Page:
Holiday crowds clearly voted for The Fighter, Black Swan and The King’s Speech as their Oscar favorites. Still there are seven additional slots to fill and the campaigning is apt to intensify in the upcoming weeks.

Weekend Estimates – December 24-26, 2010

Title Distributor Gross (average) % change * Theaters Cume
Little Fockers Uni 34.0 (9,610) NEW 3536 48.2
True Grit Par 25.5 (8,360) NEW 3047 36.6
Tron: Legacy BV 20.6 (5,960) -53% 3451 88.7
Chronicles of Narnia: Dawn Treader Fox 10.9 (3,240) -12% 3350 63.9
The Fighter Par/Alliance 8.6 (3,430) -29% 2511 27.7
Yogi Bear WB 8.4 (2,380) -55% 3515 36.3
Gulliver’s Travels * Fox 6.9 (2,700) NEW 2546 6.9
Tangled BV 6.7 (2,590) -24% 2582 143.8
Fox Searchlight 6.4 (4,390) -23% 1466 28.9
The Tourist Sony 5.6 (2,020) -35% 2756 41.1
The King’s Speech Weinstein Co. 4.6 (6,530) 317% 700 8.4
How Do You Know Sony 3.7 (1,480) -51% 2483 15.1
Harry Potter & the Deathly Hallows, Part 1* WB 3.3 (1,920) -34% 1732 273.1
Tees Maar Khan UTV .70 (6,780) NEW 103 0.7
Due Date WB .37 (910) -71% 404 98.3
Unstoppable Fox .36 (920) -80% 393 78.5
Megamind Par .35 (460) -49% 764 142.6
Burlesque Sony .33 (660) -77% 501 36.7
The Social Network Sony .31 (1,230) 9% 249 92.3
If You Are the One 2 China Lion .21 (9,040) NEW 23 0.21
127 Hours Fox Searchlight .20 (1,720) -64% 115 9.8
* Christmas Day opening
Weekend Total ($500,000+ Films) $145.90
% Change (Last Year) -45%
% Change (Last Week) 11%
Also debuting/expanding
Somewhere Focus .15 (21,140) 7 0.2
Rabbit Hole Lionsgate 88,700 (2,610) 65% 34 0.16
Barney’s Version eOne 64,400 (16,100) 4 0.06
Casino Jack IDP 60,500 (4,030) 75% 15 0.11
The Illusionist * Sony Classics 52,600 (26,300) 2 0.05
Country Strong Sony 33,800 (16,900) 2 0.05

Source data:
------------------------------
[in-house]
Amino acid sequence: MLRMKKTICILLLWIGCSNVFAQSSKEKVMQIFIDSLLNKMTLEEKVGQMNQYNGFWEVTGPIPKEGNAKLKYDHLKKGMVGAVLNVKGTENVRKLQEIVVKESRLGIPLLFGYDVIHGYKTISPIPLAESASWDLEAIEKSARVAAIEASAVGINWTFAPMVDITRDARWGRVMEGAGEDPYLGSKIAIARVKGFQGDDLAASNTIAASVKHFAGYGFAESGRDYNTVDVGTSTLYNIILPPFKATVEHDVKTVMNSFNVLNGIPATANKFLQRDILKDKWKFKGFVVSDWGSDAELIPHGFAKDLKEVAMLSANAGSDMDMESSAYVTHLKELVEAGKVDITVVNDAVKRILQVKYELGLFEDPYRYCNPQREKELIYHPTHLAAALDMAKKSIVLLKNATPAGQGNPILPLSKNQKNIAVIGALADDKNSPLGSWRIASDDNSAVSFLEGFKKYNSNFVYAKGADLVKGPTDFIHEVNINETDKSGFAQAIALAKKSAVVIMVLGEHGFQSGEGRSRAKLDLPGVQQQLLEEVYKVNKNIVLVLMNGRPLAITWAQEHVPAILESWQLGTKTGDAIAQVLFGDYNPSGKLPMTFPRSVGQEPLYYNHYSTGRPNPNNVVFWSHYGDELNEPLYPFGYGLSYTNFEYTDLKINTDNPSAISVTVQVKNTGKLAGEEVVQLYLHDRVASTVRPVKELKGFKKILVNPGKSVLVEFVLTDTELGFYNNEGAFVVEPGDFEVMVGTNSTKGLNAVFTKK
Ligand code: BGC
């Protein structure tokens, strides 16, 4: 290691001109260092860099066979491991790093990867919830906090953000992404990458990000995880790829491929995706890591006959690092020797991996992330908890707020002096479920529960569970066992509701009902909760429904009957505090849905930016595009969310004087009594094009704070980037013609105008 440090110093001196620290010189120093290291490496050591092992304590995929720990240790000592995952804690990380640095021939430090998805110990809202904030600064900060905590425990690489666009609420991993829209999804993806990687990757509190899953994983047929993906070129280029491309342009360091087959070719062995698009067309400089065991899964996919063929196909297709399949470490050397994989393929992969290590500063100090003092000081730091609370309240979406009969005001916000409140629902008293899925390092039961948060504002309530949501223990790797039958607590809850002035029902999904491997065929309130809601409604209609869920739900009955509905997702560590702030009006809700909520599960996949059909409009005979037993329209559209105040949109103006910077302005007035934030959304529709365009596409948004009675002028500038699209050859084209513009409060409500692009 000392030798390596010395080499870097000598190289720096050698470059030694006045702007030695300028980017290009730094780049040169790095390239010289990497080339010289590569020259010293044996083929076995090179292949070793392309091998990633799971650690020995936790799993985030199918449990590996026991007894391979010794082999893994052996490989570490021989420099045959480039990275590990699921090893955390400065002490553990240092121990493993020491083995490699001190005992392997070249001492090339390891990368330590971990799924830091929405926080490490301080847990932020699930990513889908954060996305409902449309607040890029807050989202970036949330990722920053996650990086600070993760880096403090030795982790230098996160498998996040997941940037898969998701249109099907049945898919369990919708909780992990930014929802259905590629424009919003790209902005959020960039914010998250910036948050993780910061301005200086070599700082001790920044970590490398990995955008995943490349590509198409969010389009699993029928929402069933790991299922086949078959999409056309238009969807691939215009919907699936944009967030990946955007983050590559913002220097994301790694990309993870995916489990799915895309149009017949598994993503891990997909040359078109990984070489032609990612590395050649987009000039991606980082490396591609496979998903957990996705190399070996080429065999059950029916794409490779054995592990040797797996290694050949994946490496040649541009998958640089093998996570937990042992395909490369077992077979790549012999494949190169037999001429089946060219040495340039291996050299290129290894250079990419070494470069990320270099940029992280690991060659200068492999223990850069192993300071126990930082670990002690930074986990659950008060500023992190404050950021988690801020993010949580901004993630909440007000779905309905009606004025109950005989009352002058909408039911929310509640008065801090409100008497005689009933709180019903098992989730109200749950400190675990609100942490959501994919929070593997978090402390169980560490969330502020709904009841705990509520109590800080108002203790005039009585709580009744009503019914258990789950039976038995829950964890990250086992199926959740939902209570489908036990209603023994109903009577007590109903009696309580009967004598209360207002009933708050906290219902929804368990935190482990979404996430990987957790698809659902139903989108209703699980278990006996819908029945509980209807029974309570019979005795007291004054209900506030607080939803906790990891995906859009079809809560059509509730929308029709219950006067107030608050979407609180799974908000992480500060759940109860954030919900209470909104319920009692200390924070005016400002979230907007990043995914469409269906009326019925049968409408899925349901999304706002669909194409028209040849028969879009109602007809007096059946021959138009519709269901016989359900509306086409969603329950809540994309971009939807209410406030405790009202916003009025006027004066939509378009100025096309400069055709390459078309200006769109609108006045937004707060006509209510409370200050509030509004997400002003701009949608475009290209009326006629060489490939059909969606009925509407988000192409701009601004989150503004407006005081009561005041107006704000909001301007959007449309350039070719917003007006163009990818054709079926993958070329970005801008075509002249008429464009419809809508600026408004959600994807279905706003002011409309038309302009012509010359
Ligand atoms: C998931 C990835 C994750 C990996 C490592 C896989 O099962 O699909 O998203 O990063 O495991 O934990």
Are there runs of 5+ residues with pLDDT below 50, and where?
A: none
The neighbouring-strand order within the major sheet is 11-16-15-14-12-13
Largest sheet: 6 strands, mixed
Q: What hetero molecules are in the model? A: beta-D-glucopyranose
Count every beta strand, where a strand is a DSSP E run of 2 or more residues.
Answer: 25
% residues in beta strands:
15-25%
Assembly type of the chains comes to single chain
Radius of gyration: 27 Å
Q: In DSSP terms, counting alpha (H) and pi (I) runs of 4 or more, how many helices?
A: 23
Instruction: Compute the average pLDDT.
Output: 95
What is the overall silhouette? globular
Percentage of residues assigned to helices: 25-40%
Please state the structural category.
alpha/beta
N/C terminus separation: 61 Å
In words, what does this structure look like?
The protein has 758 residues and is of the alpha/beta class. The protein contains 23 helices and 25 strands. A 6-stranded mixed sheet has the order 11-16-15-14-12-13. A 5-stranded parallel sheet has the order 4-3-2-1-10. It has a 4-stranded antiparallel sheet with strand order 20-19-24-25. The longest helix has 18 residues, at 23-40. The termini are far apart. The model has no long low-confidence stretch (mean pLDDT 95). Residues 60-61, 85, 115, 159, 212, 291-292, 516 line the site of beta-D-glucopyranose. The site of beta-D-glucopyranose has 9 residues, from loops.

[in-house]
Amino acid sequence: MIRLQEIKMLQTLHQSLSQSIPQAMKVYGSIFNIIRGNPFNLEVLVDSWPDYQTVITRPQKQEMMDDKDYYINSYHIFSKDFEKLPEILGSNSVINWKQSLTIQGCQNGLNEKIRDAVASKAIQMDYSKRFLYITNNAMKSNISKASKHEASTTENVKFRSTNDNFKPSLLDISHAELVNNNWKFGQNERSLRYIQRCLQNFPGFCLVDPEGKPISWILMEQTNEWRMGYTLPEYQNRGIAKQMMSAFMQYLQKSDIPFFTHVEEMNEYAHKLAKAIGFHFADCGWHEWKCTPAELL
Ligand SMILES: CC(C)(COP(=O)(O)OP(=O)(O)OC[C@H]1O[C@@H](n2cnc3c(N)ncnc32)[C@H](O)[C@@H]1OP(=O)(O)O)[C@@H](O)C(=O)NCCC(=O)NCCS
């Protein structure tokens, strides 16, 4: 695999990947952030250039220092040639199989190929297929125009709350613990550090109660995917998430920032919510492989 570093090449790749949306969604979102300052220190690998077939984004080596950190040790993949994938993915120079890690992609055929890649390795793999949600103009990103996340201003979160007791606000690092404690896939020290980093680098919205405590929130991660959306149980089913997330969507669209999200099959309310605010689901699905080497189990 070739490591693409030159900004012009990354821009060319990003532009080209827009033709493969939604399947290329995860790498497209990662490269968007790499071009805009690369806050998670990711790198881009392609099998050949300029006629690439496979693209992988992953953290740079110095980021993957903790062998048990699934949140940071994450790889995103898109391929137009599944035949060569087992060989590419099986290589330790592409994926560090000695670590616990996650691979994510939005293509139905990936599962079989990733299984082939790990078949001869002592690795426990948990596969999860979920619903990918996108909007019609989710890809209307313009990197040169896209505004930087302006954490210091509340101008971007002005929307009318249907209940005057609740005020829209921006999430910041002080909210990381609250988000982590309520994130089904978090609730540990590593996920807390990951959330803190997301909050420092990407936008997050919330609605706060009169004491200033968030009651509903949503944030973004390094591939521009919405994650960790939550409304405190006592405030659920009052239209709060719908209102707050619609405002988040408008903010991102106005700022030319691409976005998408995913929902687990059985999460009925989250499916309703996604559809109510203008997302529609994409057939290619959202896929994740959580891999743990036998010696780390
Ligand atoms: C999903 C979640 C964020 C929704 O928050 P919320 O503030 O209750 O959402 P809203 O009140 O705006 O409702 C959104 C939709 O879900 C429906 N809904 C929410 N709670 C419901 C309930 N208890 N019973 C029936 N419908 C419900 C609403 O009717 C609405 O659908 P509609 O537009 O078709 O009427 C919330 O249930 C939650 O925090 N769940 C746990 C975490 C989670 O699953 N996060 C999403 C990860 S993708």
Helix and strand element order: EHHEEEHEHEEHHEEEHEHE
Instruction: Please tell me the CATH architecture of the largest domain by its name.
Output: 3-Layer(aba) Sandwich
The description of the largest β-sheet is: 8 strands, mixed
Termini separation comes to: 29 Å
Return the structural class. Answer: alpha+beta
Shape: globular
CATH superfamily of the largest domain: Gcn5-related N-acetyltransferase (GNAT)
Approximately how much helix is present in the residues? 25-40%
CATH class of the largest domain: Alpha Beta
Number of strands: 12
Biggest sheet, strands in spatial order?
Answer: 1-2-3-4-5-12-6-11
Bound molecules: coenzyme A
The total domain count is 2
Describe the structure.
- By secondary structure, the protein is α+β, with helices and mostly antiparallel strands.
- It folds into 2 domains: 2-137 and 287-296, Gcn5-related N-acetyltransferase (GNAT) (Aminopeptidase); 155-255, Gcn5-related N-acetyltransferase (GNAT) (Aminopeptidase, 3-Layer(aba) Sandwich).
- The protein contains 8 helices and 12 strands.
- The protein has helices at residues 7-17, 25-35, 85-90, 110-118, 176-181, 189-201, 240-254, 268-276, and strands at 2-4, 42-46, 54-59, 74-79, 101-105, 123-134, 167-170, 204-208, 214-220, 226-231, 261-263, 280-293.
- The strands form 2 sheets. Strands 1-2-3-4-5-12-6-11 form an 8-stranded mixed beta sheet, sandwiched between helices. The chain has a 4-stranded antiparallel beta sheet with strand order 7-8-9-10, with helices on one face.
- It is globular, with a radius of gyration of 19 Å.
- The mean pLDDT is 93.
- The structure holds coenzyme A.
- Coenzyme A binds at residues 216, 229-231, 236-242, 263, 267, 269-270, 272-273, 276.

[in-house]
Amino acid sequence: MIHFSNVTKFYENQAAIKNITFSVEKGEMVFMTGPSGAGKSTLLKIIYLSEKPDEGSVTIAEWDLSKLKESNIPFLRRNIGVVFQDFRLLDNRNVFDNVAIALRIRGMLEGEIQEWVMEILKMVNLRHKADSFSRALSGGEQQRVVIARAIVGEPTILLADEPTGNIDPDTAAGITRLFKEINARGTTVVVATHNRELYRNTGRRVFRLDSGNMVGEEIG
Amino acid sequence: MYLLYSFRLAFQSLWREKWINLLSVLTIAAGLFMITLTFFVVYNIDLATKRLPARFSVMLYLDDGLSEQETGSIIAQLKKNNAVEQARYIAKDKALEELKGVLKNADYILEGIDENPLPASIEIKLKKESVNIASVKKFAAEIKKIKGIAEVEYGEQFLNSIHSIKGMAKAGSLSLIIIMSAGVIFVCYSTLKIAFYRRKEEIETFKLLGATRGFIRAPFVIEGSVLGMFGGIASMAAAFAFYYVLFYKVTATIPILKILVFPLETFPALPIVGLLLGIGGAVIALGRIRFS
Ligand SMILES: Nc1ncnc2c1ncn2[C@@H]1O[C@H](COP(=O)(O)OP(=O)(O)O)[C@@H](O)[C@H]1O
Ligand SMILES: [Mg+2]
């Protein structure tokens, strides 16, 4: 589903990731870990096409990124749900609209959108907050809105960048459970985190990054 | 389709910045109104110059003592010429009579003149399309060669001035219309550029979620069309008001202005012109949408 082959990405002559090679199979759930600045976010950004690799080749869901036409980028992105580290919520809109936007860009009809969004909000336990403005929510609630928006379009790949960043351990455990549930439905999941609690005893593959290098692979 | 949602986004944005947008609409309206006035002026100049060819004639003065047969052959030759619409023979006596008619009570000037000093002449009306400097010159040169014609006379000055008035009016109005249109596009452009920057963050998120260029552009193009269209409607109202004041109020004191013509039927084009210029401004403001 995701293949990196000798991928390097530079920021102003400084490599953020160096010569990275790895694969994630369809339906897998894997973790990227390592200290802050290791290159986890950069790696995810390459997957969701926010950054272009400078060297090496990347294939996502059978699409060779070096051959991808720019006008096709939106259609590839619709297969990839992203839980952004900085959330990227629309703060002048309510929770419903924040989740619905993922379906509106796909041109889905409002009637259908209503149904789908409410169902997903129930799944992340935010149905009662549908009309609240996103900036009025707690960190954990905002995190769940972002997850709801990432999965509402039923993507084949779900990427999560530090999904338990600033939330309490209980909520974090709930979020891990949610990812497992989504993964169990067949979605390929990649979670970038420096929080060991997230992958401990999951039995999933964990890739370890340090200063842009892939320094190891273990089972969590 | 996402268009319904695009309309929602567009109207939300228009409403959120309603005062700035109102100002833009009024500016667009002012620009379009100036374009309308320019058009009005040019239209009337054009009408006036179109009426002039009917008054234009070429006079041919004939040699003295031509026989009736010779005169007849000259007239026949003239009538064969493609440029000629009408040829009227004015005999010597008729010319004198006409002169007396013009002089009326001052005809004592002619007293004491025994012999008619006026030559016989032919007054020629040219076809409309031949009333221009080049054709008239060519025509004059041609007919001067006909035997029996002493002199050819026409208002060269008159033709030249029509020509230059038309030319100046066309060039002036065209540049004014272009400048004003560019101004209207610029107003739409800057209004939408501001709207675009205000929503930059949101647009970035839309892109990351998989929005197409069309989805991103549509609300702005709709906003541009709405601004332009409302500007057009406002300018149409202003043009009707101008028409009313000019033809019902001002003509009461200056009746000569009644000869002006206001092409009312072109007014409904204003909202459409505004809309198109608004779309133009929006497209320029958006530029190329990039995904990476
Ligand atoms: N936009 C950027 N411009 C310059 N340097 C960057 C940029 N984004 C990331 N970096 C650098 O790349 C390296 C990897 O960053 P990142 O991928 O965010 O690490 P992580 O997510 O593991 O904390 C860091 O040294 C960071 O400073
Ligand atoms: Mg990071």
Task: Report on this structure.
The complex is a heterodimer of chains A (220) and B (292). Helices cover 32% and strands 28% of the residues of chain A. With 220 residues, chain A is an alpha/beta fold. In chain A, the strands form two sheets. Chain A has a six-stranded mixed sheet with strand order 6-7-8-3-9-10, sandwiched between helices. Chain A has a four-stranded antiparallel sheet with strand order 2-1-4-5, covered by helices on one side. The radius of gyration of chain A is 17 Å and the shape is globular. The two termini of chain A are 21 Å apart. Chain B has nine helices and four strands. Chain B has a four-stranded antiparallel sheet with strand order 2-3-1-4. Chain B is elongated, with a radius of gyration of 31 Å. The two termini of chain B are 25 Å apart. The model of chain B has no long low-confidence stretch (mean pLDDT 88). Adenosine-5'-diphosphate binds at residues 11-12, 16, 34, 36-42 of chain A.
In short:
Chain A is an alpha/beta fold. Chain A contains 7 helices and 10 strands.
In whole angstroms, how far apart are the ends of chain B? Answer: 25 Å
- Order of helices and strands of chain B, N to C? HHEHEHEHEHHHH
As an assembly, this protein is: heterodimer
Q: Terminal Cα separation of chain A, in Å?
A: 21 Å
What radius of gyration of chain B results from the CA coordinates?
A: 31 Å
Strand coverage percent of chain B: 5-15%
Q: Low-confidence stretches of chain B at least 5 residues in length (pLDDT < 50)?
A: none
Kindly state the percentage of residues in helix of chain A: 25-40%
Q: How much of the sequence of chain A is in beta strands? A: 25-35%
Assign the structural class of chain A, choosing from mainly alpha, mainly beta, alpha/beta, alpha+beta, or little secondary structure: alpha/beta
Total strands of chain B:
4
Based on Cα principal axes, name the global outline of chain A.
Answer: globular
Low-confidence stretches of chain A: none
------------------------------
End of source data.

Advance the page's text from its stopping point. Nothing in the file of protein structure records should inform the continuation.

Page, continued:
The Tempest Miramax/Maple 32,700 (2,520) -44% 13 0.19
Toonpur Ka Superhero Eros 9,600 (400) 24 0.01
Isi Life Mein Rajshri 4,500 (250) 18 0.01

Domestic Market Share (Jan. 1 – Dec. 23, 2010)

Distributor (releases) Gross Market Share
Warner Bros. (30) 1861 18.40%
Paramount (19) 1634.7 16.10%
Fox (19) 1442.4 14.20%
Buena Vista (17) 1349.1 13.30%
Sony (26) 1239.1 12.20%
Universal (18) 798.7 7.90%
Summit (11) 522.2 5.20%
Lionsgate (16) 519.3 5.10%
Fox Searchlight (8) 105 1.00%
Overture (8) 87.4 0.90%
Focus (7) 75.2 0.70%
CBS (3) 72.5 0.70%
Weinstein Co. (9) 65.5 0.60%
Sony Classics (22) 59.5 0.60%
MGM (1) 50.4 0.50%
Other * (317) 253.5 2.50%
10135.5 100.00%
* none greater than .04%

Top Limited Releases * (Jan. 1 – Dec. 23, 2010)

Title Distributor Gross
Hubble 3D WB 19,359,509
The Ghost Writer Summit 15,569,712
The Girl with the Dragon Tattoo Music Box/Alliance 11,287,817
The Young Victoria * Apparition/Alliance 11,131,232
127 Hours Fox Searchlight 9,321,571
Get Low Sony Classics 9,106,802
Fair Game Summit 8,650,388
A Single Man * Weinstein Co. 7,935,872
The Girl Who Played with Fire Music Box/Alliance 7,848,496
Cyrus Fox Searchlight 7,461,082
Babies Focus 7,444,272
The Imaginarium of Doctor Parnassus E1/Sony Classics 7,394,171
Conviction Fox Searchlight 6,768,063
City Island Anchor Bay 6,671,036
The Last Station Sony Classics 6,617,867
Waiting for “Superman” Par Vantage 6,410,257
The Secret in Their Eyes Sony Classics 6,391,436
It’s Kind of a Funny Story Focus 6,362,514
Winter’s Bone Roadside Attraction 6,237,371
Under the Sea 3D * WB 5,732,362
* does not include 2009 box office

Weekend Box Office Report — December 19

Sunday, December 19th, 2010

Da Doo Tron Tron

TRON: Legacy commanded the multiplex with an opening salvo estimated at $43.4 million. The movie stocking was stuffed with two other new releases plus a couple of platform films that went wide to significant response.

Yogi Bear filched $16.6 million to rank second in the marketplace while the star-laden romantic comedy How Do You Know struggled to position eight with $7.5 million.

The Fighter proved itself a contender with a $12.1 gross and Black Swan spread its wings with an impressive $7.9 million. Meanwhile there were two freshmen titles tossing their hat into the ring for award season. The starkly dramatic Rabbit Hole had an encouraging $51,700 from five venues while Casino Jack failed to beat bank with $32,100 at seven tables. In Quebec, local action comedy L’Appat had a soft debut of close to $170,000.